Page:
How do I pay?


Upon registration, you’ll be asked to either pay a deposit or the entire amount; instructions are provided during registration.




What can I expect?


Within 7 lessons, most beginning students age 3+ will swim on their own for at least 5 seconds. Many will also learn to turn themselves around and grab the wall and pull themselves out if they fall in. (Some may not be proficient within such a short time, but most are able to do each step). Each student is different, so results are different depending on age, coordination, physical and mental ability, and other factors.




How can you do this in 7 days?


The founder of the “Connect the Dots” method is a school teacher. He has an advanced degree with courses in learning methods, psychology, and physics. He has also created school curriculum for math, science, engineering, and music. As a swimmer and lifeguard instructor, he has refined the Connect the Dots method over decades based on the most successful outcomes.




Do students need more than 7 days of lessons?


Parents often say “There’s no way I/or my child will be swimming that quickly.” While you may not witness a miracle, most are impressed by the quick progress (understanding results depend on age, coordination, physical and mental ability, and other factors), however seven days is an incredibly fast time to learn to swim! Students make more progress in this program than any other, but beginners will have only been swimming for a couple of days, as they are learning how most of the time. Being a confident and safe swimmer requires learning to take breaths, swimming longer distances, treading water, etc. These are all skills that take a lot of practice. Those who already have some experience in the water will progress rapidly towards being a safe, confident, and capable swimmer. Connect the Dots Swim is the best value and investment in your or your child’s water safety and swimming development.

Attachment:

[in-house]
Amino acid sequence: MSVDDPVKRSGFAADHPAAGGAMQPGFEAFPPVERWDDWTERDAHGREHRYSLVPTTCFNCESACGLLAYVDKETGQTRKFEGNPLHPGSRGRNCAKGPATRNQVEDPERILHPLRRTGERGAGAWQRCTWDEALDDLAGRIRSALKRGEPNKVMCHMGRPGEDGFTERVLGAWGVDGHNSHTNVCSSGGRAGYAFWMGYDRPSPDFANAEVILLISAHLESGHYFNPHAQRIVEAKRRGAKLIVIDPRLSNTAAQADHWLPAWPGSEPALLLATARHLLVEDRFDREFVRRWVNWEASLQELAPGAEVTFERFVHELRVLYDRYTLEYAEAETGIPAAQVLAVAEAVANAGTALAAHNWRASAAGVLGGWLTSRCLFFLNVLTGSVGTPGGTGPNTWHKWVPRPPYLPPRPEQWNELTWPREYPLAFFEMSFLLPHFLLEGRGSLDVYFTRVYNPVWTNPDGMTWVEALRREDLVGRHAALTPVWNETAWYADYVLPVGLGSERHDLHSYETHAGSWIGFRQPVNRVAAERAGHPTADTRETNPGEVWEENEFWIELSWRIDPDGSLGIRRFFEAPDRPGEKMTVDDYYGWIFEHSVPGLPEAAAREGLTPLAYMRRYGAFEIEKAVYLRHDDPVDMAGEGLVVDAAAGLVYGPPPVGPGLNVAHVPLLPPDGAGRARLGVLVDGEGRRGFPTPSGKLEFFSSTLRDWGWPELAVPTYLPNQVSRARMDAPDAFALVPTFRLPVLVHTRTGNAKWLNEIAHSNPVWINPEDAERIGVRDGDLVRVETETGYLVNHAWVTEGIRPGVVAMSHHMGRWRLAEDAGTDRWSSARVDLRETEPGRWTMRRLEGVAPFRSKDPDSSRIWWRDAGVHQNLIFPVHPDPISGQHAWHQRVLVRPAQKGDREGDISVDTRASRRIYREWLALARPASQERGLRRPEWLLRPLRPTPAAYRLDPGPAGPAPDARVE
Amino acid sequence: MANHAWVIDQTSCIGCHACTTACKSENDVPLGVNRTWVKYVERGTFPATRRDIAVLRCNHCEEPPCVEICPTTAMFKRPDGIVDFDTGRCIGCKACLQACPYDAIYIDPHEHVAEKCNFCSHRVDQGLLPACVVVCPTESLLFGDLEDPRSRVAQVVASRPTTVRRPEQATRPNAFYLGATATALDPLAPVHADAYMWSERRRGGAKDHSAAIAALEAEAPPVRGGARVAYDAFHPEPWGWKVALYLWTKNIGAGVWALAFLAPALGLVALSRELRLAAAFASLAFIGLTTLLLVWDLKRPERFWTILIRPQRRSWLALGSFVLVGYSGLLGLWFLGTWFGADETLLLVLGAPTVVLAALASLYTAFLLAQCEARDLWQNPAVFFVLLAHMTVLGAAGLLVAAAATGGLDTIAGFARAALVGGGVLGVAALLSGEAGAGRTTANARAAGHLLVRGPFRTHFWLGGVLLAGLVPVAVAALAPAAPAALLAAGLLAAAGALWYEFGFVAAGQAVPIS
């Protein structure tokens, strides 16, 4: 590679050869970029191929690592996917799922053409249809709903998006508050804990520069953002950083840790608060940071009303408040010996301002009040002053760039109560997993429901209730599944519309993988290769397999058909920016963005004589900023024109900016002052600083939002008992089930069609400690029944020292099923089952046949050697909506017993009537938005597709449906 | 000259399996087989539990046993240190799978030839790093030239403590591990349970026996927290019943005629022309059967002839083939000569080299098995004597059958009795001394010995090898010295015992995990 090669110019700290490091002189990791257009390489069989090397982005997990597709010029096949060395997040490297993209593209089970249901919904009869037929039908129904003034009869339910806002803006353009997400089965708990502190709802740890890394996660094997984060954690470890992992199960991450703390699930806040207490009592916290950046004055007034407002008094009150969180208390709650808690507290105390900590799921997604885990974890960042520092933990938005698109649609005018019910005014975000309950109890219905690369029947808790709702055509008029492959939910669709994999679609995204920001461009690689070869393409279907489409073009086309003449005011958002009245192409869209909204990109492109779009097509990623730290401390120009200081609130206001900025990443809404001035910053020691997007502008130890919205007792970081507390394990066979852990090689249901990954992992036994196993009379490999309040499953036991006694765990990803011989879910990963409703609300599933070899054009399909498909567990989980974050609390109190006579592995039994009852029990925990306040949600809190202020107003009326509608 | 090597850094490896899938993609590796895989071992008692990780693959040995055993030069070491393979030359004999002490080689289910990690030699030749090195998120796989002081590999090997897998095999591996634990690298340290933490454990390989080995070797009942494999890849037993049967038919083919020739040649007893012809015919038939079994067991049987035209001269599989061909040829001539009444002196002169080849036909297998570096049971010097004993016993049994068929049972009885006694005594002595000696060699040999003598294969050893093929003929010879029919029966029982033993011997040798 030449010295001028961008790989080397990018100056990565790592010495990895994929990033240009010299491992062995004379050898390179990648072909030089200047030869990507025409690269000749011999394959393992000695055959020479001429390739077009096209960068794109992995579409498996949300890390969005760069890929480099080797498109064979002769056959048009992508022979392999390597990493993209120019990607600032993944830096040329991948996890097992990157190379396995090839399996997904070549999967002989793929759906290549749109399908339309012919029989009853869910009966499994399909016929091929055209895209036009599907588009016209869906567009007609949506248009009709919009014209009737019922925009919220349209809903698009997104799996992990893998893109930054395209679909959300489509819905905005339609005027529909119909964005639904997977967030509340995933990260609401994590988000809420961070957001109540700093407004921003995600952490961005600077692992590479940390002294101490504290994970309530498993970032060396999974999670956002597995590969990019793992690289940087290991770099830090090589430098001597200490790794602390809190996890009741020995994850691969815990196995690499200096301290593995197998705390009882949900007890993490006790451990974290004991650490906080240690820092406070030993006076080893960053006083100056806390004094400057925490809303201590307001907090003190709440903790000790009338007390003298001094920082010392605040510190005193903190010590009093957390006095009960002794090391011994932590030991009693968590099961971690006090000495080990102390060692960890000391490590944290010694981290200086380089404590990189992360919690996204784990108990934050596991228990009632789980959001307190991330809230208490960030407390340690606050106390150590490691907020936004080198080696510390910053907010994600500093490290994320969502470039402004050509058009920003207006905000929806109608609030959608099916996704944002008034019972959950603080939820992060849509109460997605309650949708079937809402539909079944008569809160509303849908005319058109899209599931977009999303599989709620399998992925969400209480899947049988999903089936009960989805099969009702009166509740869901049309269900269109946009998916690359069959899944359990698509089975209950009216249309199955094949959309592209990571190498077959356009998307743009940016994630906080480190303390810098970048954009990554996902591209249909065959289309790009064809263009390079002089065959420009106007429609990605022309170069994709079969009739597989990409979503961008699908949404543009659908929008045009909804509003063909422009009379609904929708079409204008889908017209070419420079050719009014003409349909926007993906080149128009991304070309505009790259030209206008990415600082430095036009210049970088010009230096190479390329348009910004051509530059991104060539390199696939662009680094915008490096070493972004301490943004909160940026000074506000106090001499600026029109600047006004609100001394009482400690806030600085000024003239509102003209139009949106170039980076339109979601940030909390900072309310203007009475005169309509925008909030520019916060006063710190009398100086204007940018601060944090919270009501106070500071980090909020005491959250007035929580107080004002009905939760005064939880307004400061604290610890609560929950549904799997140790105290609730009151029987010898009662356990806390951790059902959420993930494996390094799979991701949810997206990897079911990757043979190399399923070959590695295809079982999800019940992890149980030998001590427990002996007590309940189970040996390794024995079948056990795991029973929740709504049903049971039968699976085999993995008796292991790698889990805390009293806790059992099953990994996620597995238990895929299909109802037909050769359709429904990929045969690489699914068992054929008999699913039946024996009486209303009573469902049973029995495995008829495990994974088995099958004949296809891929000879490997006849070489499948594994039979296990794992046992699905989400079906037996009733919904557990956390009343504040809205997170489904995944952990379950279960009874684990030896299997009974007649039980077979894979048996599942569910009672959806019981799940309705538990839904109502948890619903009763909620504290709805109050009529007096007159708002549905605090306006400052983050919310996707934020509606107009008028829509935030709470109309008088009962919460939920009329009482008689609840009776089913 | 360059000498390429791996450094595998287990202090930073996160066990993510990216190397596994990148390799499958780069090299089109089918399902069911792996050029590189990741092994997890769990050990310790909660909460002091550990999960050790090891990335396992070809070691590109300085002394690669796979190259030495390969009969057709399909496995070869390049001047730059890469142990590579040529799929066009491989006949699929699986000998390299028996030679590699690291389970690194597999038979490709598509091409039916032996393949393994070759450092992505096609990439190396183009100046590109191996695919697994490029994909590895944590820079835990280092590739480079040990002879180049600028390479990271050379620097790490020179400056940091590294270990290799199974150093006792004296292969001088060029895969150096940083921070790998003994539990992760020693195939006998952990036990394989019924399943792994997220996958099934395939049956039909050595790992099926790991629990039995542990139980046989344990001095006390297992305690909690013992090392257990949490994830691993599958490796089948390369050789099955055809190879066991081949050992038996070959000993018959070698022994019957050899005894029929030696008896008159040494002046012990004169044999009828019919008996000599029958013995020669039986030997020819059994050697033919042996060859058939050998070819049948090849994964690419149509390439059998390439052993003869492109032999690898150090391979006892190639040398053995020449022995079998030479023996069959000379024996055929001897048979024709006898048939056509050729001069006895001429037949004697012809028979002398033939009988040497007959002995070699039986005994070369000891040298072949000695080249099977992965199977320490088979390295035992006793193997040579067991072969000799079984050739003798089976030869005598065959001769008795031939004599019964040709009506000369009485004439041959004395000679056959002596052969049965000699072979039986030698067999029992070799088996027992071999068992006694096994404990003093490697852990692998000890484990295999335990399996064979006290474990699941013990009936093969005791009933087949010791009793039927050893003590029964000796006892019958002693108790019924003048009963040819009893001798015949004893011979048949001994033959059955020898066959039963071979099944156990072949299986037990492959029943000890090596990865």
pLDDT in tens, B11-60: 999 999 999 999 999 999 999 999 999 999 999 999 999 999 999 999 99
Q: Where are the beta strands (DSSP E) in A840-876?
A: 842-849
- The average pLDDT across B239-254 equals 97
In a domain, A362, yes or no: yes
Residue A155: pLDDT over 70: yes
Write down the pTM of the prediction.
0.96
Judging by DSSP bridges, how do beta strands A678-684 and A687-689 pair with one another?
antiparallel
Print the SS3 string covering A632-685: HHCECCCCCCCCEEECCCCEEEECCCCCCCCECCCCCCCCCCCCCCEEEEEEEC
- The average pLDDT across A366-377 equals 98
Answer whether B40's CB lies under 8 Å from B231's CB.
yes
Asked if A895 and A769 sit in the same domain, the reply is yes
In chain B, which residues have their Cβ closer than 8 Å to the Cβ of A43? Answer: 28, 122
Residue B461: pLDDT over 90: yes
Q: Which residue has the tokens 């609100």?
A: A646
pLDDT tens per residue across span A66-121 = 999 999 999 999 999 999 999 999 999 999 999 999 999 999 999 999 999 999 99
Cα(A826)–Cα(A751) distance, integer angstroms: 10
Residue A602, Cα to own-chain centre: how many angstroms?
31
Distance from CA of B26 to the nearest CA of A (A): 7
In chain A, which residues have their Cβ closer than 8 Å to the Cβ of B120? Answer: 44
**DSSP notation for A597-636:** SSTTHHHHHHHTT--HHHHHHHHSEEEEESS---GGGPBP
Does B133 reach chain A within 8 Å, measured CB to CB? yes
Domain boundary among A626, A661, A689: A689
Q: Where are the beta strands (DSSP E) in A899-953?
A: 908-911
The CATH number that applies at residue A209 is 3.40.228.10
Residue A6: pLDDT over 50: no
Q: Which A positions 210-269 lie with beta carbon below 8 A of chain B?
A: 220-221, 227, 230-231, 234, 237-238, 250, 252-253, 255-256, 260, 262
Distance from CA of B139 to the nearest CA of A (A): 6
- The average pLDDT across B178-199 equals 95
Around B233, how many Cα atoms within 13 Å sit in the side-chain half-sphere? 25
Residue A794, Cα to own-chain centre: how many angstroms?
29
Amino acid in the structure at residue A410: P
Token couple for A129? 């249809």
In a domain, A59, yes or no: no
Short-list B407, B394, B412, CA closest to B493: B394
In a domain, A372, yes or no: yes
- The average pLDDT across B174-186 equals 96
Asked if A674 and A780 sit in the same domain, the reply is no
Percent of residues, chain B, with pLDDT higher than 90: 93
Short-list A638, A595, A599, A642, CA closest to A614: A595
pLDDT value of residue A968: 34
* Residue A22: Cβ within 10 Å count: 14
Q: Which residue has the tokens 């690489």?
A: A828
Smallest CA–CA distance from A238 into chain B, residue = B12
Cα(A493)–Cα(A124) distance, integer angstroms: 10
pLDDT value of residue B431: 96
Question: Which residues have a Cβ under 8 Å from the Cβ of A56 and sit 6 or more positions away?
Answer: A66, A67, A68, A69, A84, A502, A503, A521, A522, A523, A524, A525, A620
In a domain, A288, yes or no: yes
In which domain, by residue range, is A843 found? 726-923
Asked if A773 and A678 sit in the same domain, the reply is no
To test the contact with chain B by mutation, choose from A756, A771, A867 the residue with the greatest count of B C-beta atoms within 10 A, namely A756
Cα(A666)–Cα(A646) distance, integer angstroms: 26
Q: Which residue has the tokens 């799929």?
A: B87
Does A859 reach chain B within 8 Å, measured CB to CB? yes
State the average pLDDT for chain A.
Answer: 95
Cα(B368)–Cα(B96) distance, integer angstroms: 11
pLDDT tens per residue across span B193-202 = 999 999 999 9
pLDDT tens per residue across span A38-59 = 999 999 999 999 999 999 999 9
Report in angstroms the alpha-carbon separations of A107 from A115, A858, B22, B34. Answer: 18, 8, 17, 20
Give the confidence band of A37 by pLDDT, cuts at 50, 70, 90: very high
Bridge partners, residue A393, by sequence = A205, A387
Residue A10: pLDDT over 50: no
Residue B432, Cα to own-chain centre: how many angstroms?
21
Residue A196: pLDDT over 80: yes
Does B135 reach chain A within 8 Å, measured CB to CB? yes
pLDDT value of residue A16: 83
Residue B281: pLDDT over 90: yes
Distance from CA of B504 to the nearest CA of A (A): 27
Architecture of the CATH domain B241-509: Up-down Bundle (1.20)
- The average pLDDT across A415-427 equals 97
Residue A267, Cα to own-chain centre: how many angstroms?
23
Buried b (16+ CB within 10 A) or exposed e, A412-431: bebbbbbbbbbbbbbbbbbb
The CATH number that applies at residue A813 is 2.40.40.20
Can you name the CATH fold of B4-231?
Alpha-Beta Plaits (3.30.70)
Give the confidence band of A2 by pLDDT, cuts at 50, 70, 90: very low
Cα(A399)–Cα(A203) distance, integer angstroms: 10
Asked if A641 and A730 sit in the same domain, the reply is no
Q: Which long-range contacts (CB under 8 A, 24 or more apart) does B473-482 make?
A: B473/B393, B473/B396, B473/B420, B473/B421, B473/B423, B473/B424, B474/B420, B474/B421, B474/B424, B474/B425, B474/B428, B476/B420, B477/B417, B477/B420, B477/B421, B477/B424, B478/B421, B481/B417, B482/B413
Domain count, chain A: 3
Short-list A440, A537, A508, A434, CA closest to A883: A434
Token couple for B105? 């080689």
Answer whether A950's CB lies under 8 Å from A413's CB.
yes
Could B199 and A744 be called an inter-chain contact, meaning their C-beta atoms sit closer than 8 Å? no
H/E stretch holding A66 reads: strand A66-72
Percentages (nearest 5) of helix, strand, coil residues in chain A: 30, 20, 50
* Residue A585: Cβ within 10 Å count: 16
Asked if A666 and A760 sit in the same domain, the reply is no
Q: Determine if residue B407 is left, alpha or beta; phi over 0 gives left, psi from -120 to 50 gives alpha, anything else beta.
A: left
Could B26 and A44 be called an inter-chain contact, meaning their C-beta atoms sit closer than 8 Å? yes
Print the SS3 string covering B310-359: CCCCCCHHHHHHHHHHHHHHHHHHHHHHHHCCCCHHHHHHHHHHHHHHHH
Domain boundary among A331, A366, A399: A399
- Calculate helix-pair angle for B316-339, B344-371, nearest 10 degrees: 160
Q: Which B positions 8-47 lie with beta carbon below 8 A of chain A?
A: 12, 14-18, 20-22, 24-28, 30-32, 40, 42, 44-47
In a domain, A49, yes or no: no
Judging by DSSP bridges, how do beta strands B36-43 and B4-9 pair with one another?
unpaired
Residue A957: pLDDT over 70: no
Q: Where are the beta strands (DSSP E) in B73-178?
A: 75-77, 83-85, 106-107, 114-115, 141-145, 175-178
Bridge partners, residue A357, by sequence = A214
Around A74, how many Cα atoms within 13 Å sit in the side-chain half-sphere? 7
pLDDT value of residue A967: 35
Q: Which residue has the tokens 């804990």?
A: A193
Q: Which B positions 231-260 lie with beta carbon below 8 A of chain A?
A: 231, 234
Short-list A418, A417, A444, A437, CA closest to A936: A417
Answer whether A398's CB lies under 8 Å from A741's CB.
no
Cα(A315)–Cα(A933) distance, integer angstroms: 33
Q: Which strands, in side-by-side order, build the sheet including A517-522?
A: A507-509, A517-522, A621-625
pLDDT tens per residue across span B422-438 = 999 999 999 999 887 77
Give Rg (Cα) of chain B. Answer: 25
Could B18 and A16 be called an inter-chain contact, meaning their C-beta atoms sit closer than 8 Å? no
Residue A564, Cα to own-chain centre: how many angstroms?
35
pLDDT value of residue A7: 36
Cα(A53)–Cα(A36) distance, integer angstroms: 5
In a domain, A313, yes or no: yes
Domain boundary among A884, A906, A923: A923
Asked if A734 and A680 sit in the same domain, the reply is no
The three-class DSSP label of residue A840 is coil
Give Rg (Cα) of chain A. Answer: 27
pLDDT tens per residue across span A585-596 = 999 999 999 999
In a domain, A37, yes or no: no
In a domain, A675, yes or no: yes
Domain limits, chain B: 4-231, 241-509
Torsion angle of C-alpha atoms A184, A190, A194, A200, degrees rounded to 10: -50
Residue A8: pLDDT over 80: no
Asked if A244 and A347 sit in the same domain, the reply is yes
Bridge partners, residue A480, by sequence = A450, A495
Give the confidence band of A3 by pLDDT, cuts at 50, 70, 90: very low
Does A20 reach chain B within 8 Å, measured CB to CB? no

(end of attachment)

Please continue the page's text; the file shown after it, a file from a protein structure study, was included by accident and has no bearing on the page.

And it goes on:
What is the best age to begin a child in swim lessons?


Age 2 is great to get used to the water and age 3 is perfect for more accelerated lessons. Some aged 2.5+ who are further developed, can jump, and have good language and motor skills, may also be ready for accelerated lessons.




Why don’t you teach younger than 2.5?


Simply put, we believe in providing value. While “baby and me” classes may be fun, you are investing in your experience, not your child’s. They will not learn any faster with baby and me classes. You can and should take your child in the pool and enjoy the time, but you don’t need to spend money to do that




Is your teaching style “Gentle?”


Over 90% of students have some fears, such as putting their face in the water, letting go of the instructor, and swimming to the wall. We can go at the student’s pace, or if you choose “Fast-pass classes,” they are accelerated and the rest of this paragraph is dedicated to them. Ellen Hendrikson, PhD, writes “One of the difficult things about anxiety of any kind is that the more we avoid doing something that makes us anxious, the greater the fear and anxiety grow. Rather than waiting for the time to ‘feel right,’ we should start by taking baby steps and repeating them over and over until the fear goes away.” We work through students’ fears and the majority get past their anxiety in just a few days and then develop a love of swimming. Students are required to put their face in the water and we help them do it so that they minimize swallowing water and can get under to dive for toys. I provide specific recommendations on how instructors and parents should deal with a child who is resistant or crying. I know from years of experience that this method minimizes fear quickly and allows your child to enjoy swimming soon.




Why is it common for beginners to cry?


The first few days of lessons are hard and the swimmer is often experiencing things they have never experienced before. Being with a new person (the instructor), and especially having water on their face/going under water. It’s normal for students to cry for the first 3 days of lessons because they are unsure. Usually swimmers calm down in lesson 3 or 4, then they are so proud of what they can do! Be sure to praise them after lessons. Parents sometimes get discouraged after the swimmer has been crying and then project that onto their swimmer. That means that your swimmer will feel that way too! Don’t get discouraged. We are moving fast, but it does take some time. Let your swimmer know that you are proud of them for trying new things! Lastly, be patient with the program because it really works!